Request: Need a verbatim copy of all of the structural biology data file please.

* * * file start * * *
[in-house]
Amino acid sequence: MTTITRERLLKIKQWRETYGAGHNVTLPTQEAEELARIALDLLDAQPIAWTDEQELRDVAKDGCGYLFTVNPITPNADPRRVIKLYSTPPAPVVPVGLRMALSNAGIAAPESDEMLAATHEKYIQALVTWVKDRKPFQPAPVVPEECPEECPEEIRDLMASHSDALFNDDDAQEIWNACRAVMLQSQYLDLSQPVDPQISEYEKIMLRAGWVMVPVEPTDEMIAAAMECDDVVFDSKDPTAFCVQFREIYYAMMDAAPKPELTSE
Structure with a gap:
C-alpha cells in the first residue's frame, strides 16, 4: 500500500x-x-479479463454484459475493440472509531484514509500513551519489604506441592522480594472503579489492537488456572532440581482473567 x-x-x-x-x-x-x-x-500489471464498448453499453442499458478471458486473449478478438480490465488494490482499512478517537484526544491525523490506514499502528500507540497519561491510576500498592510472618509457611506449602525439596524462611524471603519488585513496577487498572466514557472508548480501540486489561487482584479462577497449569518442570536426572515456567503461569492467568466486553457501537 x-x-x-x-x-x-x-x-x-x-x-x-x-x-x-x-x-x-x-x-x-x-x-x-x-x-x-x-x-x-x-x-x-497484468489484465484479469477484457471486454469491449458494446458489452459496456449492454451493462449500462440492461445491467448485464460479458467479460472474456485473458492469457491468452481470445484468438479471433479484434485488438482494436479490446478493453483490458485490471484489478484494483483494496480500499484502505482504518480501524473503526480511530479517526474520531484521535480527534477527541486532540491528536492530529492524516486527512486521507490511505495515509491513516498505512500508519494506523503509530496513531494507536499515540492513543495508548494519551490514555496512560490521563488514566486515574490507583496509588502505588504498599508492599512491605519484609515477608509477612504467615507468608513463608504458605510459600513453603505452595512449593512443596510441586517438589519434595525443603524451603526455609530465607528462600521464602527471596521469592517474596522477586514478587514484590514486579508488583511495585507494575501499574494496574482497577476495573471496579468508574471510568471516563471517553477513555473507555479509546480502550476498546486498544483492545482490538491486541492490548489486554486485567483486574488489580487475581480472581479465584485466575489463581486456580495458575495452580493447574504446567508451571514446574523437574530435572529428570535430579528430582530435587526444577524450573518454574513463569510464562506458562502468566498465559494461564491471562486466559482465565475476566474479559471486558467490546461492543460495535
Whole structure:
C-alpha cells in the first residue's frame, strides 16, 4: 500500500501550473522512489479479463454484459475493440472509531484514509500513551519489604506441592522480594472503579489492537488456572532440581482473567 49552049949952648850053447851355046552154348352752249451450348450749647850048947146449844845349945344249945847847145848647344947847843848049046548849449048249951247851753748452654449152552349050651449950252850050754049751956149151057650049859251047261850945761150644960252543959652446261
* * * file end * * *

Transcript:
[in-house]
Amino acid sequence: MTTITRERLLKIKQWRETYGAGHNVTLPTQEAEELARIALDLLDAQPIAWTDEQELRDVAKDGCGYLFTVNPITPNADPRRVIKLYSTPPAPVVPVGLRMALSNAGIAAPESDEMLAATHEKYIQALVTWVKDRKPFQPAPVVPEECPEECPEEIRDLMASHSDALFNDDDAQEIWNACRAVMLQSQYLDLSQPVDPQISEYEKIMLRAGWVMVPVEPTDEMIAAAMECDDVVFDSKDPTAFCVQFREIYYAMMDAAPKPELTSE
Structure with a gap:
C-alpha cells in the first residue's frame, strides 16, 4: 500500500x-x-479479463454484459475493440472509531484514509500513551519489604506441592522480594472503579489492537488456572532440581482473567 x-x-x-x-x-x-x-x-500489471464498448453499453442499458478471458486473449478478438480490465488494490482499512478517537484526544491525523490506514499502528500507540497519561491510576500498592510472618509457611506449602525439596524462611524471603519488585513496577487498572466514557472508548480501540486489561487482584479462577497449569518442570536426572515456567503461569492467568466486553457501537 x-x-x-x-x-x-x-x-x-x-x-x-x-x-x-x-x-x-x-x-x-x-x-x-x-x-x-x-x-x-x-x-x-497484468489484465484479469477484457471486454469491449458494446458489452459496456449492454451493462449500462440492461445491467448485464460479458467479460472474456485473458492469457491468452481470445484468438479471433479484434485488438482494436479490446478493453483490458485490471484489478484494483483494496480500499484502505482504518480501524473503526480511530479517526474520531484521535480527534477527541486532540491528536492530529492524516486527512486521507490511505495515509491513516498505512500508519494506523503509530496513531494507536499515540492513543495508548494519551490514555496512560490521563488514566486515574490507583496509588502505588504498599508492599512491605519484609515477608509477612504467615507468608513463608504458605510459600513453603505452595512449593512443596510441586517438589519434595525443603524451603526455609530465607528462600521464602527471596521469592517474596522477586514478587514484590514486579508488583511495585507494575501499574494496574482497577476495573471496579468508574471510568471516563471517553477513555473507555479509546480502550476498546486498544483492545482490538491486541492490548489486554486485567483486574488489580487475581480472581479465584485466575489463581486456580495458575495452580493447574504446567508451571514446574523437574530435572529428570535430579528430582530435587526444577524450573518454574513463569510464562506458562502468566498465559494461564491471562486466559482465565475476566474479559471486558467490546461492543460495535
Whole structure:
C-alpha cells in the first residue's frame, strides 16, 4: 500500500501550473522512489479479463454484459475493440472509531484514509500513551519489604506441592522480594472503579489492537488456572532440581482473567 49552049949952648850053447851355046552154348352752249451450348450749647850048947146449844845349945344249945847847145848647344947847843848049046548849449048249951247851753748452654449152552349050651449950252850050754049751956149151057650049859251047261850945761150644960252543959652446261